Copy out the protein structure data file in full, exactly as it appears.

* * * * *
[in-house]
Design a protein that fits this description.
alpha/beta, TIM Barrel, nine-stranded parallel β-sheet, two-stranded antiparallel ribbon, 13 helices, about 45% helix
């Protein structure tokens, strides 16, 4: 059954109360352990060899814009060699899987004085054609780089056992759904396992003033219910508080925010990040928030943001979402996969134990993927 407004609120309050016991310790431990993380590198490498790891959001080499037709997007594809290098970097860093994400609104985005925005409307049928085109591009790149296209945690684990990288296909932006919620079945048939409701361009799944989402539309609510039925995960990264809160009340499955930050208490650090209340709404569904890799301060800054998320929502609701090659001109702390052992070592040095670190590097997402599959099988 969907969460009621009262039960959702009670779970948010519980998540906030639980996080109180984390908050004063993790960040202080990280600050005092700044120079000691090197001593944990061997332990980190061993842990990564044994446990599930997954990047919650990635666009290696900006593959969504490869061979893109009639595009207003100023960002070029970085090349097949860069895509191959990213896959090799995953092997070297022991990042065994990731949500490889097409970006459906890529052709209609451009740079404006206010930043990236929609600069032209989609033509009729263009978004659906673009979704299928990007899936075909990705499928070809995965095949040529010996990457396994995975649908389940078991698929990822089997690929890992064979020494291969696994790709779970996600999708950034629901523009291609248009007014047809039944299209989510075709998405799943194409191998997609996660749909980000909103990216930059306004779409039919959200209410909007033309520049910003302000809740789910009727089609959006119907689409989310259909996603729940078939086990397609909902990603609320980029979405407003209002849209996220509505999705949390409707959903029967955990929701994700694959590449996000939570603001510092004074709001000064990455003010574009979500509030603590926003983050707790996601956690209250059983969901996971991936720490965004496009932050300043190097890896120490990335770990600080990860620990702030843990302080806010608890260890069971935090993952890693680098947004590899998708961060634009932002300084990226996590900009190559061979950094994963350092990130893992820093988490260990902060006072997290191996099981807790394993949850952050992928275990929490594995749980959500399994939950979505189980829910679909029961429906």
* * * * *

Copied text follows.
[in-house]
Design a protein that fits this description.
alpha/beta, TIM Barrel, nine-stranded parallel β-sheet, two-stranded antiparallel ribbon, 13 helices, about 45% helix
């Protein structure tokens, strides 16, 4: 059954109360352990060899814009060699899987004085054609780089056992759904396992003033219910508080925010990040928030943001979402996969134990993927 407004609120309050016991310790431990993380590198490498790891959001080499037709997007594809290098970097860093994400609104985005925005409307049928085109591009790149296209945690684990990288296909932006919620079945048939409701361009799944989402539309609510039925995960990264809160009340499955930050208490650090209340709404569904890799301060800054998320929502609701090659001109702390052992070592040095670190590097997402599959099988 969907969460009621009262039960959702009670779970948010519980998540906030639980996080109180984390908050004063993790960040202080990280600050005092700044120079000691090197001593944990061997332990980190061993842990990564044994446990599930997954990047919650990635666009290696900006593959969504490869061979893109009639595009207003100023960002070029970085090349097949860069895509191959990213896959090799995953092997070297022991990042065994990731949500490889097409970006459906890529052709209609451009740079404006206010930043990236929609600069032209989609033509009729263009978004659906673009979704299928990007899936075909990705499928070809995965095949040529010996990457396994995975649908389940078991698929990822089997690929890992064979020494291969696994790709779970996600999708950034629901523009291609248009007014047809039944299209989510075709998405799943194409191998997609996660749909980000909103990216930059306004779409039919959200209410909007033309520049910003302000809740789910009727089609959006119907689409989310259909996603729940078939086990397609909902990603609320980029979405407003209002849209996220509505999705949390409707959903029967955990929701994700694959590449996000939570603001510092004074709001000064990455003010574009979500509030603590926003983050707790996601956690209250059983969901996971991936720490965004496009932050300043190097890896120490990335770990600080990860620990702030843990302080806010608890260890069971935090993952890693680098947004590899998708961060634009932002300084990226996590900009190559061979950094994963350092990130893992820093988490260990902060006072997290191996099981807790394993949850952050992928275990929490594995749980959500399994939950979505189980829910679909029961429906």